Lesson 1: Audio Learning


Unit Two Lesson One: Audio as a main format for learning


Students will learn about different audio learning sources and how to plan audio learning in the classroom


Audio learning happens in and out of the classroom. Students listen to the radio, podcasts, audiobooks and other audio sources. Related to the classroom, there are many ways that teachers can integrate audio learning as outside learning. Some courses at the college level are offered fully in audio format. Students download the course content and listen to the information. One drawback that many find with audio learning is that it is similar to direct instruction, except without the visual benefits.

Surveying Audio Learning Online

Before integrating audio learning in your classroom, it is best to see what is out there already. It is possible that there are previously created audio learning experiences that your students could use. If not, and you need to create your own materials, it is helpful to listen to what is already out there in the form of podcasts, audio books, and other lectures. By surveying what is already available, you can get ideas of how to structure your audio learning and also how to post them online. Many people use blogs to post their audio lectures. Visit these sites to see a small sampling of audio learning resources on the web. Many of these are directed towards college and adult learners. Khan Academy has video visuals, but it mostly audio learning, and is aimed at all ages.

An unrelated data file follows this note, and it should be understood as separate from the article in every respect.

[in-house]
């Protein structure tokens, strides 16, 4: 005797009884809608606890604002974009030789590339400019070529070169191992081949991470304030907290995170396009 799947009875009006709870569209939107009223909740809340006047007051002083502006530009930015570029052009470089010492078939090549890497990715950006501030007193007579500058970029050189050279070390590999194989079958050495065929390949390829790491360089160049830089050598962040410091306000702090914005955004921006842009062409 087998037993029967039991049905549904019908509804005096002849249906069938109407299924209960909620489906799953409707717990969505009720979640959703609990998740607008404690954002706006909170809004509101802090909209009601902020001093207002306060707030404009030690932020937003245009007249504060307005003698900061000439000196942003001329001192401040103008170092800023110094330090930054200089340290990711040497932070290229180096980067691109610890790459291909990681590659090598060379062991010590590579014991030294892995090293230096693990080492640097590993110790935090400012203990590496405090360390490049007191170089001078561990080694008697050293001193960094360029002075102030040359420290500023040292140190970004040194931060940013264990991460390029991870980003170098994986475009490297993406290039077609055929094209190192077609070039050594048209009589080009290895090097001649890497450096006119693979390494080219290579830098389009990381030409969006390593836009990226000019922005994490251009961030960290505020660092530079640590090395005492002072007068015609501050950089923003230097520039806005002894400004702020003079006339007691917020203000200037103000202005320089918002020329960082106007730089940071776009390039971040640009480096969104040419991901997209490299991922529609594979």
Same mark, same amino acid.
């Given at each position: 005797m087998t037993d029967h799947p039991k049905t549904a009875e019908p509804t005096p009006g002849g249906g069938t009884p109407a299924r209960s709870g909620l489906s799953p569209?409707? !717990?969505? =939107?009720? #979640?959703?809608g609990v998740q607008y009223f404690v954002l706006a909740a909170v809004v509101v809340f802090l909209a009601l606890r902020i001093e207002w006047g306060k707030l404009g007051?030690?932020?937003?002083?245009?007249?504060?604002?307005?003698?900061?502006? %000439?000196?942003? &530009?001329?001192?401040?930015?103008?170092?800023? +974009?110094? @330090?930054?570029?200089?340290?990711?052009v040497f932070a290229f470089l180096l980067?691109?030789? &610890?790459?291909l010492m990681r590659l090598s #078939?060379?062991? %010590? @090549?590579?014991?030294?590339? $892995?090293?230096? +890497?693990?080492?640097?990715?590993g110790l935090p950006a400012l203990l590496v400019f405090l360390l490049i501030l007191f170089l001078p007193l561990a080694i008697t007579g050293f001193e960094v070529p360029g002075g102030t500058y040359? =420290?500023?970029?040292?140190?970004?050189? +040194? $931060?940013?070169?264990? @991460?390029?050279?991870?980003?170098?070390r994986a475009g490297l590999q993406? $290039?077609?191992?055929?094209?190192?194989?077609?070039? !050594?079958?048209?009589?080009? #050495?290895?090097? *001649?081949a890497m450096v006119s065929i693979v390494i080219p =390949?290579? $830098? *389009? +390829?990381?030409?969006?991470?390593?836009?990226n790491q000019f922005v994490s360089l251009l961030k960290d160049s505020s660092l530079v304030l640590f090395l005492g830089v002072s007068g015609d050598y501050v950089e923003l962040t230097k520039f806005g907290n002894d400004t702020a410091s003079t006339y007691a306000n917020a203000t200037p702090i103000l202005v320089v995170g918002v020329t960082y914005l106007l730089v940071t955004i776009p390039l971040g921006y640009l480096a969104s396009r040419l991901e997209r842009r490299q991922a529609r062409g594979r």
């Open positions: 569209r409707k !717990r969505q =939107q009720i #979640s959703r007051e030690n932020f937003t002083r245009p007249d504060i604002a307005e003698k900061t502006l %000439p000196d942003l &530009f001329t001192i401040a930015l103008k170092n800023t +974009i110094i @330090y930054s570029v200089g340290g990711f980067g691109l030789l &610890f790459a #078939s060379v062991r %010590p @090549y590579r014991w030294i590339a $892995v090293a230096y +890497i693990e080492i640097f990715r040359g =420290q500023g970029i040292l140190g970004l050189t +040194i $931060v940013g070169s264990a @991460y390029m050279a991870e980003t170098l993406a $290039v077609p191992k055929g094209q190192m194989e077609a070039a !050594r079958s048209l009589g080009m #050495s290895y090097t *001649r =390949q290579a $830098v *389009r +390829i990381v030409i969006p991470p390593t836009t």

Audio learning in the classroom

A tried and true method for using audio learning is listening to audio books. Audio books have been around for a long time and can help many students connect with the text. In Edutopia, Grace Rubenstein extols the benefits of audio books for the reluctant reader or readers who need assistance for comprehension. You can still find audio books at your public library, but there are many online resources for audio books that make them very accessible to anyone with an mp3 playing device. Browse around Audible.com to get an idea of the thousands of books out there for students to listen to.

Now it is time to determine what place audio learning has in your current classroom. Some possible ways you can integrate audio learning are:

-Homework for a flipped classroom -Introduction to a topic -Differentiated instruction when you have already covered a topic using a different modality -review for students who need reteaching


Think about how often your students are required to use their listening intelligence. How could you add audio learning into your instruction?


Using the discussion tab, discuss the different uses of audio learning described above and their benefits and drawbacks.

Continue to Unit 2, Lesson 2: Integrating Other Modalities

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